I had an acquaintance who once used to say, ‘our job as Catholics is to get to heaven, and to take as many people with us as we can’. I think this would be a fair definition of the baptismal calling that we all have; and that fundamental call is to holiness, to sanctity. Each one of us, by our very baptism, is called to be holy, to be a saint.
The Catechism of the Catholic Church (2683) begins to define saints as, ‘the witnesses who have preceded us into the kingdom, especially those whom the Church recognizes as saints’. Yet the church also says there are many who have lived lives of heroic virtue who are with God, known to Him, yet remain unknown to most of humanity. It is not to receive honours and praise from people that we strive to live a holy life, to be saints – it is so that we can be part of that great multitude that we read about in our first reading at Mass from the Book of Revelation – the great multitude from every nation that stands before the throne of God. This is the great gift of salvation that we receive through Jesus Christ, a gift we enter into through the sacrament of baptism, and become part of the communion of saints.
To often we give a kind of ‘caricature’ representation to saints; we consider them after their ‘conversion experiences’ and stories about them after their deaths and canonizations, and we forget they were real people with real concerns; often they were people who struggled much as we do with their own human weakness, and yet, through their prayer and faith and the grace of God, they grew to deepen their relationship and love of God in their day-to-day circumstances; we think of St. Augustine as a great doctor of the church, and forget that his youth was spent in a life of self-gratification; we think of St. Jerome translating the sacred scriptures and forget he was notorious for having a quick and violent temper; we speak of St. Francis of Assisi hugging the leper and forget he was petty and self-indulgent as a young man.
But through the gift of baptism, we become adopted children of God, and through the continuous gifts He gives us– as long as we are open to receiving them – we grow deeper in that relationship. As St. John says in his first letter, when God is revealed, we will be like him, for we will see him as he is, and as long as we have this hope in God, we purify ourselves. This is where we run into conflict with the ‘world’ because we see ‘purifying’ ourselves for God meaning to ‘give up’ things, to do without all the world offers – and our human nature tends to push back against this. This though, is a distorted mindset, because to grow deeper in love and closer to God is not to ‘lose’ anything; it is gaining everything – to be part of that great multitude seeing God as He is because we have become like Him.’ How could any worldly experience top that?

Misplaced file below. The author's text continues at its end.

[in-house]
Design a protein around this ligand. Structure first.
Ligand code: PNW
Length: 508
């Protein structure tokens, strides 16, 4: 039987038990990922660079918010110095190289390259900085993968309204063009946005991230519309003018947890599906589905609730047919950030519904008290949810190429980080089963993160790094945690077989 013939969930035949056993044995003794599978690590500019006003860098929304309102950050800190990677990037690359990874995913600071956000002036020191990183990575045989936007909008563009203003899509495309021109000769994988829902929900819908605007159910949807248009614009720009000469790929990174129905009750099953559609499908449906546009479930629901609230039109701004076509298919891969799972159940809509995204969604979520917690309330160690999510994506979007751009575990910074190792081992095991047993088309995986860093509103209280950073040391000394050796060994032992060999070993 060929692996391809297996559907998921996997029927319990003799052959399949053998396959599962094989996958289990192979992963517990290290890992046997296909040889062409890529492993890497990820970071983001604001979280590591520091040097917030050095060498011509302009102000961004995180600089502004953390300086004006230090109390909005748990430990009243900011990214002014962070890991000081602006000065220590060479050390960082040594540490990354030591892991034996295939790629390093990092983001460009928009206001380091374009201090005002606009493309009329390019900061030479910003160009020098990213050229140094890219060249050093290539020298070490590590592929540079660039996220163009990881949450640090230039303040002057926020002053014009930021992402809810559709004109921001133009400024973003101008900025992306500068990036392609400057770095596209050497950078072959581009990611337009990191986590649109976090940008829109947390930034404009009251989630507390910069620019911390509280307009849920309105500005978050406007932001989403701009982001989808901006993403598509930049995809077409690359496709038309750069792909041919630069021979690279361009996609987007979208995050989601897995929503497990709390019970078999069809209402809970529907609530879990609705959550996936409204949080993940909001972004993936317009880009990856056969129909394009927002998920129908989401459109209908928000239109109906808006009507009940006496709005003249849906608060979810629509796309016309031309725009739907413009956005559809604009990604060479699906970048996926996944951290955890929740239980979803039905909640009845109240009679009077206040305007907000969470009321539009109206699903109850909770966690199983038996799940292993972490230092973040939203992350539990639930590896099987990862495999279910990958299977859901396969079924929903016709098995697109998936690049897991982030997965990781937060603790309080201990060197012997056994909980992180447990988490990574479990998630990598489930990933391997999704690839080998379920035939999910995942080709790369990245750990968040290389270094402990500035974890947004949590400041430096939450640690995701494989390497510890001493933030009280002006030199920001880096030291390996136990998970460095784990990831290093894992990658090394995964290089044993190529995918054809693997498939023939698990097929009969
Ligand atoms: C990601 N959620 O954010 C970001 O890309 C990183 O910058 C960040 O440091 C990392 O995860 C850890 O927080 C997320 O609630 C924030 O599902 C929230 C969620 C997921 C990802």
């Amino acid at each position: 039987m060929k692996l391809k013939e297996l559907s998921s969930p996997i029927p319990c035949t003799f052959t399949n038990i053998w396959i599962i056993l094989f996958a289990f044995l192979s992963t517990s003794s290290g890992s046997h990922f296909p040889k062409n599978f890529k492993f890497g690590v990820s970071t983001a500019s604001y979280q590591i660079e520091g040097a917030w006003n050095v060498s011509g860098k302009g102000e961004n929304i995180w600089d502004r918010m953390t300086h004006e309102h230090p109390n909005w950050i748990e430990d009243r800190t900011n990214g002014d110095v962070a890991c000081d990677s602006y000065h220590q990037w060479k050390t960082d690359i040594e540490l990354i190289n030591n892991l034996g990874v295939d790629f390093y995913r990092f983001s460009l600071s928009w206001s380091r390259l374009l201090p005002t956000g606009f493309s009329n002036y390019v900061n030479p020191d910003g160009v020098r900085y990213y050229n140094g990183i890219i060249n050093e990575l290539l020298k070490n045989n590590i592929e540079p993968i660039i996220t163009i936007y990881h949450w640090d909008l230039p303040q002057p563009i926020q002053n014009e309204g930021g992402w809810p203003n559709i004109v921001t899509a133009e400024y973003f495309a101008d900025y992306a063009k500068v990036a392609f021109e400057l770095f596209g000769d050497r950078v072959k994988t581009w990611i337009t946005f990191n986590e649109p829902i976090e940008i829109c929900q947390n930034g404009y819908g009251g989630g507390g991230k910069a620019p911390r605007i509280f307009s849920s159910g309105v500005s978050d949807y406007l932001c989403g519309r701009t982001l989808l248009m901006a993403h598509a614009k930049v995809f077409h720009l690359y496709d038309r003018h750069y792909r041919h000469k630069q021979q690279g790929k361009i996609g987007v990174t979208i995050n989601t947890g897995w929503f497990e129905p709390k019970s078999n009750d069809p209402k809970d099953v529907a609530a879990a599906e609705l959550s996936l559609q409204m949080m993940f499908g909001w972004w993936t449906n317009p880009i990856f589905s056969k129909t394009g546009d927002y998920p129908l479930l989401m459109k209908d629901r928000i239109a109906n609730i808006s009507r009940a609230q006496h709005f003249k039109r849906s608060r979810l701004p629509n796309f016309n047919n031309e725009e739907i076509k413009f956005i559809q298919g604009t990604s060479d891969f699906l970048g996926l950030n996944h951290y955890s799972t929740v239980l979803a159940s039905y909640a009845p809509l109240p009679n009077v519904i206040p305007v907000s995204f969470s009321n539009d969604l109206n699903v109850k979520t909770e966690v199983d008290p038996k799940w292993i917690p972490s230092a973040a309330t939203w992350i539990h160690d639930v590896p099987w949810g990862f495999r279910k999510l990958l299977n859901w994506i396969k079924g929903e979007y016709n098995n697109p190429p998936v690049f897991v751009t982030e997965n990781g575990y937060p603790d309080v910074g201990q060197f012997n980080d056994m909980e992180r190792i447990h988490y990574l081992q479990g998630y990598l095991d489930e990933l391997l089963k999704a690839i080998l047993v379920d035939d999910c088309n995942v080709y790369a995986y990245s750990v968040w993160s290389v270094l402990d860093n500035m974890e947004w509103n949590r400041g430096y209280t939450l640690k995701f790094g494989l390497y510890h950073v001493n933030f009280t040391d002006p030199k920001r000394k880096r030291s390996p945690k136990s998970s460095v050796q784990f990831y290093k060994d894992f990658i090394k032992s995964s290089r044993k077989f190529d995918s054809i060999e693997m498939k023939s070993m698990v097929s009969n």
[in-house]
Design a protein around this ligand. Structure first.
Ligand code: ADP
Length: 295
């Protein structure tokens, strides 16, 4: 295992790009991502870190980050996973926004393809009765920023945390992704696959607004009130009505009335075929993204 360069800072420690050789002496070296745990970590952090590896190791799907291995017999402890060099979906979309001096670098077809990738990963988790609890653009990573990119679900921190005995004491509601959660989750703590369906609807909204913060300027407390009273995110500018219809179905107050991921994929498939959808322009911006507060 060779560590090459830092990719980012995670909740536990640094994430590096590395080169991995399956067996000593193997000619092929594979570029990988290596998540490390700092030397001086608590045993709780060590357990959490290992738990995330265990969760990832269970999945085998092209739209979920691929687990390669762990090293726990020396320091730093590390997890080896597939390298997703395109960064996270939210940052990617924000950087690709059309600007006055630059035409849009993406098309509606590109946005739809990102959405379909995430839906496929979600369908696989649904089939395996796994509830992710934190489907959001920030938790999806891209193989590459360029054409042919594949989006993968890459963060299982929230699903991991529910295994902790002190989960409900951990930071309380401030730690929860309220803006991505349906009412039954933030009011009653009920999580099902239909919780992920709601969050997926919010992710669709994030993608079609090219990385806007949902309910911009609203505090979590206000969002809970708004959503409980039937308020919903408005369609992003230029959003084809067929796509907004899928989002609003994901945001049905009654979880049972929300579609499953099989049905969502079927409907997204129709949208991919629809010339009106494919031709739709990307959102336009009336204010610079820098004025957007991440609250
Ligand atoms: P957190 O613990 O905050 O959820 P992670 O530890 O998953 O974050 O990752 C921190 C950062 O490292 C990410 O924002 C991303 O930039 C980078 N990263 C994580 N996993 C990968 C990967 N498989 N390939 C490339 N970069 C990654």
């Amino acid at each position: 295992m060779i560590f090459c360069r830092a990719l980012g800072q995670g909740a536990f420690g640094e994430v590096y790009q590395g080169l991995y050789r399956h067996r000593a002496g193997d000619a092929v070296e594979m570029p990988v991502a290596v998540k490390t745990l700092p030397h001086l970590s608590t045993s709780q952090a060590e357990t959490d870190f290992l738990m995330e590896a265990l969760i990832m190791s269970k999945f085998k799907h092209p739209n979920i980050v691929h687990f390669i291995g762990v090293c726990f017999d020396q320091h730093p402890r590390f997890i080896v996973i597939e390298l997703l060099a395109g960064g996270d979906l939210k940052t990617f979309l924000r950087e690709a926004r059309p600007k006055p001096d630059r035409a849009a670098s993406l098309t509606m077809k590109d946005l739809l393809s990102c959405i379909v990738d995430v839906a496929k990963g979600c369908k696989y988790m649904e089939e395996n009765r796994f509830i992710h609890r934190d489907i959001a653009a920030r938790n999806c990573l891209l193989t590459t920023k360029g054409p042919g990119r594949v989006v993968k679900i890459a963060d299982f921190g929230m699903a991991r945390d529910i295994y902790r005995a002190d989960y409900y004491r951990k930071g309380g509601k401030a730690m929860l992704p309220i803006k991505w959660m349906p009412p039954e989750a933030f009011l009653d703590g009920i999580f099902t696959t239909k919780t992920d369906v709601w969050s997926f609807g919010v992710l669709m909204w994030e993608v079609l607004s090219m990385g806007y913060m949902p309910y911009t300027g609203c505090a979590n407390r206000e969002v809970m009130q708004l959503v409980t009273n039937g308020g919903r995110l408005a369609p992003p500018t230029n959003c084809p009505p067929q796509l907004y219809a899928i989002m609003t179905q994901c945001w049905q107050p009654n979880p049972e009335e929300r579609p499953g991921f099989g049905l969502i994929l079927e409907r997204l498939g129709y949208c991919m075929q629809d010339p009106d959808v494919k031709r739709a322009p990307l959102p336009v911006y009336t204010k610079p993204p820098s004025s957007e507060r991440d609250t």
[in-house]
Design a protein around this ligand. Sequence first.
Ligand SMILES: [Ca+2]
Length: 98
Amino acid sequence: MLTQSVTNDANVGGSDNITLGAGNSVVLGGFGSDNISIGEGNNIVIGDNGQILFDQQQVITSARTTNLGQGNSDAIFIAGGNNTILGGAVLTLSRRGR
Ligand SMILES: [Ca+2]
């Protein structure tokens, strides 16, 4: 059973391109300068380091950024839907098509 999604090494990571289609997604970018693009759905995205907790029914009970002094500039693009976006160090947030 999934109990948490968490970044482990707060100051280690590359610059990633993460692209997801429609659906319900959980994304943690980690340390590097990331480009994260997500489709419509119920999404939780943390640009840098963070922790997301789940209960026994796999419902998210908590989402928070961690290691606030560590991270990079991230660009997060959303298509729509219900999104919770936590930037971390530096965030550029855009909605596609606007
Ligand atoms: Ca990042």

Jesus gives us a ‘blueprint’ if you will, for deepening this relationship, this love – it is recounted for us in today’s gospel account of the Beatitudes from St. Matthew -we learn that we are blessed, becoming more holy, more sanctified when we deepen these virtues; being poor in spirit, being meek, being merciful, being pure in heart… yet Jesus also states the result of our being more ‘blessed’ in God’s eyes; when choosing God’s ways over the world’s ways, we are reviled and persecuted, and ridiculed. We see that repeatedly in our own culture – in popular entertainment, in politics, and even sadly amongst those who claim to be people of faith.
Jesus doesn’t say being a saint is easy; in fact he says it can be the opposite – but if we truly desire to spend eternity with God, we need to begin living like we mean it in the here and now, starting today, in this moment, rather than waiting until some point in the distant future when we have had our fill of ‘the world’ and realize there is something more than the gratification of our senses in this life. We receive strength and glimpses of this eternity in the Sacraments, which is why the Church constantly reminds us to receive them, particularly Reconciliation and the Eucharist.
We need to be concerned about our own sanctity, to pray for the grace to live a life of virtue, and for others to be strengthened with this same grace; we need to ask others to pray for us, particularly the saints who have gone before us,, ‘the witnesses who have preceded us into the kingdom’.
There is a story that Pope St. John Paul II, in the midst of his pastoral travels that took him all over the world, fell ill between two of these trips. Doctors ordered him to rest in bed, but he was insistent that God had entrusted him with the mission to shepherd the people of this world to a closer union with God. When he decided to get up and resume his travels – which many thought was too soon – one of the nursing sisters entrusted with his medical care protested that he should set aside this mission and return to bed; she explained her concern saying, “I am worried about Your Holiness”, to which he replied, “I too, am worried about my holiness.”
On this feast of All Saints, may we too be as worried about our own holiness and the holiness of those we hold dear.
Praised be Jesus Christ, now and forever!